Midweek greetings. Ever think you’d be eating your lunch in a half-century-old city bus? Fojol Bros., who brought you some of the first creative street food in Washington, has hatched a plan to turn two old buses into mobile dining cars. You can read all about it here, in Tim Carman’s story.
Also today in Food, Martha Thomas explains how you can extend your slow-cooker repertoire to include seafood. And Bonnie S. Benwick reviews “Pati’s Mexican Table,” the new cookbook from hometown phenom Pati Jinich.
So there’s a lot to read, and also a lot to talk about today during our Free Range chat. That’s our weekly live visit with you, dear readers. You get a chance to ask questions, we get a chance to answer them, and after an hour, everybody signs off happy. See what I mean by being there at noon sharp.
We don’t get to every question, but we try. Here’s a leftover from a recent chat.
I took mac and cheese to work and reheated it in the microwave. It came out with big pools of oil in the bottom of the container. Is that just what happens to mac and cheese, or was it because it got too hot?
It just so happens that macaroni and cheese is a subject dear to my heart. You DO remember my Mac-and-Cheese-O-Matic chart from about a year ago, right? Right? Please say you do. Well, anyway, suffice it to say that I love the stuff.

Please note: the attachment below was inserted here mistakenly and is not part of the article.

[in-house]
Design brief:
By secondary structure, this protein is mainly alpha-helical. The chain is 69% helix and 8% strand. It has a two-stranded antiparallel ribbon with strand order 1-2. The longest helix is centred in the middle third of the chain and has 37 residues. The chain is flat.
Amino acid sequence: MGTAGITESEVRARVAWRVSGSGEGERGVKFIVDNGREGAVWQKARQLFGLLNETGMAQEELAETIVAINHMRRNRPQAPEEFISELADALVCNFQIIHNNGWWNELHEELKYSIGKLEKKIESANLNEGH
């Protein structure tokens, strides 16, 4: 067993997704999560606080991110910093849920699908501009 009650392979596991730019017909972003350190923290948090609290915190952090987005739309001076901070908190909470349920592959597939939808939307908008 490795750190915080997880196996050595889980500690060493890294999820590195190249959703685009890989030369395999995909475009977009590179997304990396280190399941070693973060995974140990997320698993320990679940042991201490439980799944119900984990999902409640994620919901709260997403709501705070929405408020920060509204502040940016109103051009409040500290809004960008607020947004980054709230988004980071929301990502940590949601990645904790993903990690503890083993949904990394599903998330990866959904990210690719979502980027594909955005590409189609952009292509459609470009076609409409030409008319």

I’ve never thought the microwave was the best vehicle for reheating it. Yes, your lunch probably got too hot in there, and the oil separated from the cheese and oozed into that unappetizing puddle.
Not only that, but your food was probably a little dry. When you stashed it in your refrigerator, the pasta continued to soak up moisture. That didn’t help the reheating process.
Given a choice, here’s how I would do it: Put some milk in a saucepan, maybe a half-cup or so, and heat it with a little butter. When the milk gets hot and steamy, add a couple cups of leftover mac and cheese and stir constantly until it incorporates the milk and is heated through. You could even add a little fresh cheese at the end. If you don’t let the mixture get too hot, you should be able to reconstitute it so that it’s close to its previous creamy goodness.
At work, you might not have a saucepan and a stove. Still, you can heat milk and butter in a microwave-safe container, then mix in the mac and cheese. Reheat gently (not on full power) and stir frequently. Do it right, and your oily puddles will be a thing of the past. Enjoy.
And try this baker’s dozen of mac and cheese faves from our Recipe Finder:
Baked Macaroni and Cheese (healthful version)